Brian Little's side lost a game they should have drawn. Like so many teams who make up the numbers in the Premiership, commitment and work-rate are not a problem. Technique is, especially in attack, where Leicester clumped their way into the box with an absolute absence of finesse. In the first half, Lee Philpott chested down Julian Joachim's pass, turned and sliced horribly wide. Twenty minutes later, Crystal Palace executed a similar move with more success: Ricky Newman - Palace's best player in the opinion of Alan Smith, their manager - lofted a precise pass to Chris Armstrong, who spun the ball off his chest adroitly. Andy Preece picked his spot and drove into the corner from the edge of the penalty area.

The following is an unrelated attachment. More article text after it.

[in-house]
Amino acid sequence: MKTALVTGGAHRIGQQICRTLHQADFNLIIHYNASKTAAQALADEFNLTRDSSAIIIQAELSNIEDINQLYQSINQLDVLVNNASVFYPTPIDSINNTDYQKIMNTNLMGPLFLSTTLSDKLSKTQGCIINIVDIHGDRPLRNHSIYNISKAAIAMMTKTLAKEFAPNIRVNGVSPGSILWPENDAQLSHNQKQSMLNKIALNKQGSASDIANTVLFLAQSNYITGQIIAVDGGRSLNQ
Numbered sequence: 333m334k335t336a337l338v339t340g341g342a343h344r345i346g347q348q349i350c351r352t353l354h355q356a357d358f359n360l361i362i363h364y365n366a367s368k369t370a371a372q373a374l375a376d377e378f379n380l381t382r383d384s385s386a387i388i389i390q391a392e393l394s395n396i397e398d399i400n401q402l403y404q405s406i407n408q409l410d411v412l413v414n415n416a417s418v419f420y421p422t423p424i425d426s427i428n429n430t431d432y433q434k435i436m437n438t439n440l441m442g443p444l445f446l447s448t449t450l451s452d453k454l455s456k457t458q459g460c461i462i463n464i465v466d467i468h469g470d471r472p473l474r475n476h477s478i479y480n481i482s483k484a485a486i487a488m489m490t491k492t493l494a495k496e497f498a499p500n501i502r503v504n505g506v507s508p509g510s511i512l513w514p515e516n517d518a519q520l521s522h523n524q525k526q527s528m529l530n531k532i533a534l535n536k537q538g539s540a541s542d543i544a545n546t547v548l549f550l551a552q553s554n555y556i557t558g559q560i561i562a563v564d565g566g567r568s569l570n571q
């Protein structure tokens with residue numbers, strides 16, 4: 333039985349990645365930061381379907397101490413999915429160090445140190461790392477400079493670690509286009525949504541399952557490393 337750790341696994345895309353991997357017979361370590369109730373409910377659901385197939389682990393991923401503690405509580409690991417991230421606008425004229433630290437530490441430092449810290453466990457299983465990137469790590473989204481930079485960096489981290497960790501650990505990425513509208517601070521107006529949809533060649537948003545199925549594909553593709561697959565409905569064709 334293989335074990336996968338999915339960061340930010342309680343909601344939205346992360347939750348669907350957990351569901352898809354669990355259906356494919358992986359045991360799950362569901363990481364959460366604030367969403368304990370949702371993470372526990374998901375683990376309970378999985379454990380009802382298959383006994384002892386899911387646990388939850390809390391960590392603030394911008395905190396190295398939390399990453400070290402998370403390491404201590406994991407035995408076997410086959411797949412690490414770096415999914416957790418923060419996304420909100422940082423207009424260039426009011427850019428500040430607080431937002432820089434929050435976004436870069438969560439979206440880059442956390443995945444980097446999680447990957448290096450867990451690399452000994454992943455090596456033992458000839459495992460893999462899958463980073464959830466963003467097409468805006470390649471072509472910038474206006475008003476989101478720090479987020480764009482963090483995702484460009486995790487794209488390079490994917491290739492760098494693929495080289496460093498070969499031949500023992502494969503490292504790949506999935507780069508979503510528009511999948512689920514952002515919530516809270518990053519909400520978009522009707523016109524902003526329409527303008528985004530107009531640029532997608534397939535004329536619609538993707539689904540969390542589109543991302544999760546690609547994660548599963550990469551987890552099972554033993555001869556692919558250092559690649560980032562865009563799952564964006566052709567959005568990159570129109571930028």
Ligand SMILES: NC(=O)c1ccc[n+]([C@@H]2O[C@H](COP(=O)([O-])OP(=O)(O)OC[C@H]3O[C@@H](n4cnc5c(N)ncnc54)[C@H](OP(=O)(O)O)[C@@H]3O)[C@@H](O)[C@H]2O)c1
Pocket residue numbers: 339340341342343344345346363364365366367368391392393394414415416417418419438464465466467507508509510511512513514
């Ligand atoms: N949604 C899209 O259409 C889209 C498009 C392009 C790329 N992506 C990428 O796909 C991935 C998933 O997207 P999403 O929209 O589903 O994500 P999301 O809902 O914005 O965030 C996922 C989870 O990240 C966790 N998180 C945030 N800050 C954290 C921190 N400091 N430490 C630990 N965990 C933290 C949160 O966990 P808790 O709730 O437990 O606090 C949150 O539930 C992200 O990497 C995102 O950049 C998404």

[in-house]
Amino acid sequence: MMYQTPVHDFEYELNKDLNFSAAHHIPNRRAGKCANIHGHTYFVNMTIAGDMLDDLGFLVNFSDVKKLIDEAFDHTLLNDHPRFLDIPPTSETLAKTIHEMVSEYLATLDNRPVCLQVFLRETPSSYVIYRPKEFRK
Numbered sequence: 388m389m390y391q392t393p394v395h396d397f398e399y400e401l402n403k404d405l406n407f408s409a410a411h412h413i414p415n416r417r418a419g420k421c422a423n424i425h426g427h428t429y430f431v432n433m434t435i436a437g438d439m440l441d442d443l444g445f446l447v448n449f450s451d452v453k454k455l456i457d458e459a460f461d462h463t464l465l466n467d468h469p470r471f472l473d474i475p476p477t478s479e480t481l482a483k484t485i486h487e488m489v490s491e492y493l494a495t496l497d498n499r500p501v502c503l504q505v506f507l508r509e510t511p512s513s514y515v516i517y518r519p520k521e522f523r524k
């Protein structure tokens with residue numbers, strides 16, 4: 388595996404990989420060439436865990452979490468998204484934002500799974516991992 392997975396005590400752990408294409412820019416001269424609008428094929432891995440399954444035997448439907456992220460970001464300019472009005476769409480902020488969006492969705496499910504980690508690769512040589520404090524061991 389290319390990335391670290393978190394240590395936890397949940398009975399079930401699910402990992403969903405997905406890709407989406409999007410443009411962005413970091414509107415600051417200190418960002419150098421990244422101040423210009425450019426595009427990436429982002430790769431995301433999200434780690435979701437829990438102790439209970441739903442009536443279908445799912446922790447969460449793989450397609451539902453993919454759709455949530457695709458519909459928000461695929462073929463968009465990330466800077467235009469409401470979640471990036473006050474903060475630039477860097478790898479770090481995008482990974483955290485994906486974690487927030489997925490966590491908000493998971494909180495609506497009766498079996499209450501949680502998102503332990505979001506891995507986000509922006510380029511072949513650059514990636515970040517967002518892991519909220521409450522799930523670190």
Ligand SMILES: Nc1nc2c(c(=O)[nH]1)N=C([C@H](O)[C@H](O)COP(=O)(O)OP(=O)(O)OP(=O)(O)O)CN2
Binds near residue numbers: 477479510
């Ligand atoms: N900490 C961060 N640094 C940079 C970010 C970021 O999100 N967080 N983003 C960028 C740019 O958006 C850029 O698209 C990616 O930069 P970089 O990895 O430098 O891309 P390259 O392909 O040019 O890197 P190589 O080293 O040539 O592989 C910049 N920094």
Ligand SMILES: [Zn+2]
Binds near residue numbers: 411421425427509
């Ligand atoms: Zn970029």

Leicester had plenty of time to draw level, but this looked unlikely unless from one of Mark Draper's runs from deep. Chances came and went, Mark Blake being particularly culpable when he slammed into the side-netting with only the excellent Nigel Martyn to beat. Leicester lacked the system or ability to bring the ball down. Franz Carr was his usual peripheral self, and only the Platt- like Draper acquitted himself well.
It was Palace's third 1-0 win in a week. 'You live on your nerves when you're 1-0 up,' Smith said, before adding, 'it's like sex - you don't enjoy it until the aftermath.' He enthused about Martyn, whom the watching Gordon Banks must have admired, and praised his team's sense of purpose and discipline. 'Clough's sides often had this kind of 1-0 win,' he mused. 'Mind you, look what it did to him.'Reuse content